The innate immune system is largely based on myeloid cells that are endowed with the ability to engulf and kill microbes that have invaded the interior milieu of the host. Some cells, such as the neutrophil, are particularly ferocious in their ability to destroy bacteria, but are very short lived and tend to remain within the confines of the circulatory system, exiting only when they are summoned by signals that emanate from the extravascular compartment. Other cells of the innate immune system, including the macrophage and the dendritic cell, are also active phagocytes, and are quite capable of killing bacteria. However, they serve a dual function in that they elaborate cytokines to give warning of infection both near and far, and also contribute to the adaptive immune response, which is based on nonphagocytic lymphoid cells. Natural killer cells, which are also lymphoid, may be viewed as a rather recently emergent component of the innate immune system, and are now known to play a vital role in defense against certain viruses.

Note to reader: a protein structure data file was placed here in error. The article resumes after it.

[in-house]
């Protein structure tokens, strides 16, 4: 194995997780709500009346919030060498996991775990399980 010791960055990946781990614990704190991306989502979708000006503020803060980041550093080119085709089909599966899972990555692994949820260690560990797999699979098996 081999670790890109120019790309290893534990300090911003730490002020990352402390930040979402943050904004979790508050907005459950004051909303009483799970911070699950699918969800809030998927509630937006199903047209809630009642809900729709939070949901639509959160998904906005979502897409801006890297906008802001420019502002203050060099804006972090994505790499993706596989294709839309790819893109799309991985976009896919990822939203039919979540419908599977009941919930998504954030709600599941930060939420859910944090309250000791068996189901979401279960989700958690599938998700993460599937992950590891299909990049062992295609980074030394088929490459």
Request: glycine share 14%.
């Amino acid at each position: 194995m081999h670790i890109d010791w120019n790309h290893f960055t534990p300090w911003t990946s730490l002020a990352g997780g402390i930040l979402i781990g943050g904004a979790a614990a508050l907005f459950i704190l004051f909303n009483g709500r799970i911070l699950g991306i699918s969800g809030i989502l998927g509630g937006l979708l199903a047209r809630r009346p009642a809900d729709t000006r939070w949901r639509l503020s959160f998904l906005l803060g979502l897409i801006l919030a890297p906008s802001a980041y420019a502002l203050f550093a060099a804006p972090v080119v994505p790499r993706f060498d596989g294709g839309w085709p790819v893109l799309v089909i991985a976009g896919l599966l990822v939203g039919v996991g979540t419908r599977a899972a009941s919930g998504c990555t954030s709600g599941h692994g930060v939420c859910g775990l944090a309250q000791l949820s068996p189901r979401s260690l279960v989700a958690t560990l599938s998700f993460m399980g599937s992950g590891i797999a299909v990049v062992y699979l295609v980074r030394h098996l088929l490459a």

The central purpose of the present review is to discuss the molecular pathways through which the host first becomes aware of infection, and the links that exist between this afferent system and the response per se. The genetic methods that are being used to elucidate the key molecules involved in detecting and responding to infection are also described in some detail.

Microbial sensing in the extracellular compartment

Before microbes or any of their component molecules ever had direct contact with cells of the innate immune system, they could be detected by proteins that were retained in evolution for this express purpose. Complement, for example, can be activated and fixed on the surface of microbes via properdin, or released from leukocytes [1] or the mannan associated serine protease pathway (in which mannose binding protein interacts with a serine protease that triggers the complement cascade) [2,3,4,5]. Activation of complement can lead to destruction of bacteria and to release of bacterial molecules that can activate cell-associated components of the system for microbial sensing.